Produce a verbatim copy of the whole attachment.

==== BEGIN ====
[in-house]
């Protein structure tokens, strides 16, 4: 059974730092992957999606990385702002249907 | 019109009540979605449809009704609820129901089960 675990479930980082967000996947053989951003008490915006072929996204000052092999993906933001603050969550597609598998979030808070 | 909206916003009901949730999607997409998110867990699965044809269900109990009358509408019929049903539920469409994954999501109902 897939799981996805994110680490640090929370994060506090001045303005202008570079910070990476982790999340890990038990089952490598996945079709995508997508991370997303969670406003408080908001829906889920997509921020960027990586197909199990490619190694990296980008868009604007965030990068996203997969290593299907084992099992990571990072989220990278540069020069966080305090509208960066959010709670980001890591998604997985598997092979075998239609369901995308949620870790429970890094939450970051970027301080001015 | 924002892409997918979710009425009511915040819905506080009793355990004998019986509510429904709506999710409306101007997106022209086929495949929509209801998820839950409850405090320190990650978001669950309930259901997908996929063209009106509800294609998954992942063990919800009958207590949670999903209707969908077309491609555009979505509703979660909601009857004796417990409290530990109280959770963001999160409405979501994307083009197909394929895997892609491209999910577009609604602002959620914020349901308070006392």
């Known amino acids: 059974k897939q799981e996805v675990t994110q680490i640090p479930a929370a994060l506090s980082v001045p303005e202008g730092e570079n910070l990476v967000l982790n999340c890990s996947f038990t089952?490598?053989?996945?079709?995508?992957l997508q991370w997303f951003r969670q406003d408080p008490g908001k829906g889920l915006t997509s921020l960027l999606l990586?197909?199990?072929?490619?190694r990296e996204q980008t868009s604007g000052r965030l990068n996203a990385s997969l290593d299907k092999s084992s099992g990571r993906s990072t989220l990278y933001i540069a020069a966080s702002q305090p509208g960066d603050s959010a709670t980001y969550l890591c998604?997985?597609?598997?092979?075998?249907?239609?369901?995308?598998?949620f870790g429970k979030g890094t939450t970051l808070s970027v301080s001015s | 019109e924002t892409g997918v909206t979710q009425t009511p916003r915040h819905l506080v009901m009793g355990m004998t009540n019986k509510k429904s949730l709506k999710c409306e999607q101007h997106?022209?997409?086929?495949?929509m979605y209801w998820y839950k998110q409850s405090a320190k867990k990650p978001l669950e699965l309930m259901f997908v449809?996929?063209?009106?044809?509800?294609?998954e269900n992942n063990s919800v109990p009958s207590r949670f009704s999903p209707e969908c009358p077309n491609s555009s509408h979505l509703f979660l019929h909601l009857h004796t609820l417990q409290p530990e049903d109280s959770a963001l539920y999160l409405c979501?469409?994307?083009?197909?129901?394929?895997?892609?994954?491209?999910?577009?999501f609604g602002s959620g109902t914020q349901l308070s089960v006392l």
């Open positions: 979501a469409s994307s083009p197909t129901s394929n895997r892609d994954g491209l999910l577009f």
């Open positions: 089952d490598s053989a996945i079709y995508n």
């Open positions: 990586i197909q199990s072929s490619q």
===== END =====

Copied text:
[in-house]
């Protein structure tokens, strides 16, 4: 059974730092992957999606990385702002249907 | 019109009540979605449809009704609820129901089960 675990479930980082967000996947053989951003008490915006072929996204000052092999993906933001603050969550597609598998979030808070 | 909206916003009901949730999607997409998110867990699965044809269900109990009358509408019929049903539920469409994954999501109902 897939799981996805994110680490640090929370994060506090001045303005202008570079910070990476982790999340890990038990089952490598996945079709995508997508991370997303969670406003408080908001829906889920997509921020960027990586197909199990490619190694990296980008868009604007965030990068996203997969290593299907084992099992990571990072989220990278540069020069966080305090509208960066959010709670980001890591998604997985598997092979075998239609369901995308949620870790429970890094939450970051970027301080001015 | 924002892409997918979710009425009511915040819905506080009793355990004998019986509510429904709506999710409306101007997106022209086929495949929509209801998820839950409850405090320190990650978001669950309930259901997908996929063209009106509800294609998954992942063990919800009958207590949670999903209707969908077309491609555009979505509703979660909601009857004796417990409290530990109280959770963001999160409405979501994307083009197909394929895997892609491209999910577009609604602002959620914020349901308070006392």
């Known amino acids: 059974k897939q799981e996805v675990t994110q680490i640090p479930a929370a994060l506090s980082v001045p303005e202008g730092e570079n910070l990476v967000l982790n999340c890990s996947f038990t089952?490598?053989?996945?079709?995508?992957l997508q991370w997303f951003r969670q406003d408080p008490g908001k829906g889920l915006t997509s921020l960027l999606l990586?197909?199990?072929?490619?190694r990296e996204q980008t868009s604007g000052r965030l990068n996203a990385s997969l290593d299907k092999s084992s099992g990571r993906s990072t989220l990278y933001i540069a020069a966080s702002q305090p509208g960066d603050s959010a709670t980001y969550l890591c998604?997985?597609?598997?092979?075998?249907?239609?369901?995308?598998?949620f870790g429970k979030g890094t939450t970051l808070s970027v301080s001015s | 019109e924002t892409g997918v909206t979710q009425t009511p916003r915040h819905l506080v009901m009793g355990m004998t009540n019986k509510k429904s949730l709506k999710c409306e999607q101007h997106?022209?997409?086929?495949?929509m979605y209801w998820y839950k998110q409850s405090a320190k867990k990650p978001l669950e699965l309930m259901f997908v449809?996929?063209?009106?044809?509800?294609?998954e269900n992942n063990s919800v109990p009958s207590r949670f009704s999903p209707e969908c009358p077309n491609s555009s509408h979505l509703f979660l019929h909601l009857h004796t609820l417990q409290p530990e049903d109280s959770a963001l539920y999160l409405c979501?469409?994307?083009?197909?129901?394929?895997?892609?994954?491209?999910?577009?999501f609604g602002s959620g109902t914020q349901l308070s089960v006392l």
């Open positions: 979501a469409s994307s083009p197909t129901s394929n895997r892609d994954g491209l999910l577009f």
């Open positions: 089952d490598s053989a996945i079709y995508n």
């Open positions: 990586i197909q199990s072929s490619q």